Abnormality of gait is not integral to multiple sclerosis. In this instance, you can code multiple sclerosis as the primary diagnosis because the agency is seeing patient for more than one aspect of the disease.
Just a reminder that new ICD-9 code changes are coming Oct. 1. A list of the code changes can be found at http://www.cms.hhs.gov/ICD9ProviderDiagnosticCodes/07_summarytables.asp#
You should familiarize yourself with these changes before the Oct. 1 date arrives. If you have the opportunity to take advantage of a teleconference regarding these changes, that would be advantageous also. Keep connected to the listserv to stay on top of discussion regarding these changes and other topics of discussions. The listserv has a great group of people helping one another in their coding challenges. You can find this listserv and others at www.homehealthinteractive.com.
Another part of home health coding is the OASIS assessment required from Medicare. This is where the clinician documents the data when admitting a patient to home health services. The OASIS items are integrated into the patient assessment. The coder must read the OASIS assessment, along with other documents available to ensure the documentation supports what is being coded and also to be able to be more specific in the diagnosis coding. I have just recently received the certification for OASIS Specialist-Clinical sponsored by the OASIS Certificate and Competency Board. You have to complete a 100 item, 2.5 hour exam. I attended an 8-hour workshop the day before I took the exam. It is an open book exam. I received a binder full of information regarding OASIS the day of the workshop. I took this binder with me the day of the exam. I've been working with OASIS for many years, first in data entry as the clinicians filled out the paper form of OASIS. Then continued working with the OASIS as the clinicians started entering the information into laptops.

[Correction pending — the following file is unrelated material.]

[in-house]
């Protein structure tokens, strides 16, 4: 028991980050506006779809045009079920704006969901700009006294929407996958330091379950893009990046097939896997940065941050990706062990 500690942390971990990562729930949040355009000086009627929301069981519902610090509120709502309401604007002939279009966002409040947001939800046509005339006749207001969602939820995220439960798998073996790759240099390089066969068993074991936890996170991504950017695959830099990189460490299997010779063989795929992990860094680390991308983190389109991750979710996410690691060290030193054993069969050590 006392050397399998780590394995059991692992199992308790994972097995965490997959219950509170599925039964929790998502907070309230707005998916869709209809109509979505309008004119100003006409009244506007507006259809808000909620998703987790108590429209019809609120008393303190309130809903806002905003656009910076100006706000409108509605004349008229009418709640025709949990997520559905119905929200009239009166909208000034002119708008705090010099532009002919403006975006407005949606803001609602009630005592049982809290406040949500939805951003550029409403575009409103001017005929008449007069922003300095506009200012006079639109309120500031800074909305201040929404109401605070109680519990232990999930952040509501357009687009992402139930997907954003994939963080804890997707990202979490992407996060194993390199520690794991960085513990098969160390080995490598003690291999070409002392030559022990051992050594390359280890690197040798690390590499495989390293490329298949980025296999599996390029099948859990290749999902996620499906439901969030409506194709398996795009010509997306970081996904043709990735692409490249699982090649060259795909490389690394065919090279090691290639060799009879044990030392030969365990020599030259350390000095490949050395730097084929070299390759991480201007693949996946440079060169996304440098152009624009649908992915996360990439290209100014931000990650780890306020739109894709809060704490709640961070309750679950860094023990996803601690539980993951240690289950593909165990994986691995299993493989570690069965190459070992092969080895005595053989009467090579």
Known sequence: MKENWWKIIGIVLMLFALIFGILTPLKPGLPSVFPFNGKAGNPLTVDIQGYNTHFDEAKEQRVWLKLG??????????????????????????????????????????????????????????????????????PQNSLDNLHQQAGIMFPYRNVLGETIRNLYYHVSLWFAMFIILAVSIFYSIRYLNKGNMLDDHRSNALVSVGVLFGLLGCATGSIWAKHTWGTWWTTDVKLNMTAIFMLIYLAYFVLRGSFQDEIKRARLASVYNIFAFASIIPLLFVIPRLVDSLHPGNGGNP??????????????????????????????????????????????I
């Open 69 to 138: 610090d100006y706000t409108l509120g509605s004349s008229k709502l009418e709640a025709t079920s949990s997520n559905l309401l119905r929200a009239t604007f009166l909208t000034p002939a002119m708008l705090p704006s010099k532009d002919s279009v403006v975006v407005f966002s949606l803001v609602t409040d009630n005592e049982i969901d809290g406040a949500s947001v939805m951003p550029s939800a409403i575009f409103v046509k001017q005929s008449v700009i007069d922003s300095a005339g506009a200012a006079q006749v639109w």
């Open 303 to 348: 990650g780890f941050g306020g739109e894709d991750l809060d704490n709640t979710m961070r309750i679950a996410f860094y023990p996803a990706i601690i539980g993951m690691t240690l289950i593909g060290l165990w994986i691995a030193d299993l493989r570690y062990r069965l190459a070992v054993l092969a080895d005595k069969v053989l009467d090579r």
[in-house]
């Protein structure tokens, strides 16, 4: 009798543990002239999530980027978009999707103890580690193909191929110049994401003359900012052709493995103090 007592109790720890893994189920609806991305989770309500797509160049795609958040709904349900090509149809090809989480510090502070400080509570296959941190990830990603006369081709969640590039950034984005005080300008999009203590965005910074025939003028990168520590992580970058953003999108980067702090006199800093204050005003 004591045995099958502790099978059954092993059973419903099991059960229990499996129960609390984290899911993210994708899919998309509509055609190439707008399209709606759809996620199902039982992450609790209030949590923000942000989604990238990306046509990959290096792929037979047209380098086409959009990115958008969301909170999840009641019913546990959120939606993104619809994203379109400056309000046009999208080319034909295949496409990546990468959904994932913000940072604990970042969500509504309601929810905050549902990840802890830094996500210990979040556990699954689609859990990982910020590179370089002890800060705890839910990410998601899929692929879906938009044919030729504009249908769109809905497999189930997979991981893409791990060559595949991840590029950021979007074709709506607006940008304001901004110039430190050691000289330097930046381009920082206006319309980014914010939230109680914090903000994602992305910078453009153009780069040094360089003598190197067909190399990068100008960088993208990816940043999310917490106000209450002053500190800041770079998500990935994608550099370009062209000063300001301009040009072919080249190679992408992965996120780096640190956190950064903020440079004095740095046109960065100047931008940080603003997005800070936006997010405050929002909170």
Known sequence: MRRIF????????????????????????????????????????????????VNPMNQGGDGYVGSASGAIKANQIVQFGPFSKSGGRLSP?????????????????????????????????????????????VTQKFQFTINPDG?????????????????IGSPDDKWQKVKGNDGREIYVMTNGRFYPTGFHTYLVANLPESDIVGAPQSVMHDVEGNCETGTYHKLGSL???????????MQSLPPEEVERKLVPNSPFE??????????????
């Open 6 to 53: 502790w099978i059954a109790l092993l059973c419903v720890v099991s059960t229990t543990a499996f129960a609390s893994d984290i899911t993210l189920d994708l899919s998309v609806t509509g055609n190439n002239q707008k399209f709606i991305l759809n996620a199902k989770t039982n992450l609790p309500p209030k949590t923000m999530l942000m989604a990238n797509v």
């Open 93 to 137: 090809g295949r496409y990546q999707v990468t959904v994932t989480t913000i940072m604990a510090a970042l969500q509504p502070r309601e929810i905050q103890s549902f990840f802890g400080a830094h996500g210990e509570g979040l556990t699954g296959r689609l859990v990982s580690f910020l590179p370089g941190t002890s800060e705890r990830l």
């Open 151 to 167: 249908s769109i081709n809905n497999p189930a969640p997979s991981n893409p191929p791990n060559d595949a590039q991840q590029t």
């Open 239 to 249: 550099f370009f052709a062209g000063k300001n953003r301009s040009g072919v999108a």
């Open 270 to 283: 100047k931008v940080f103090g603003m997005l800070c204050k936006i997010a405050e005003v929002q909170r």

I can now help clinicians in their documentation in answering these OASIS questions correctly. I believe the coding and the OASIS document go hand in hand in home health coding. As in coding, there is a listserv for OASIS also. I stay connected to both listservs. There will changes in the OASIS assessment coming in the New Year. It will be changing to OASIS-C. There are workshops scheduled in the fall to attend to be on top of the changes that will be coming Jan. 1, 2010. To find more information regarding OASIS certification, you can log onto www.oasiscertificate.org.
Jen Noel has worked in the home health industry for more than 16 years with the Visiting Nurse Association of Hanover and Spring Grove, learning many aspects of home health and completing many job responsibilities. She started learning coding approximately 4 years ago through a co-worker, workshops and becoming a member of a coding forum. She became a certified home health coding specialist - diagnosis (HCS-D) on Nov. 1, 2007 and is now working for Parente Randolph as a consultant in addition to her work with the Visiting Nurse Association of Hanover & Spring Grove on a PRN basis.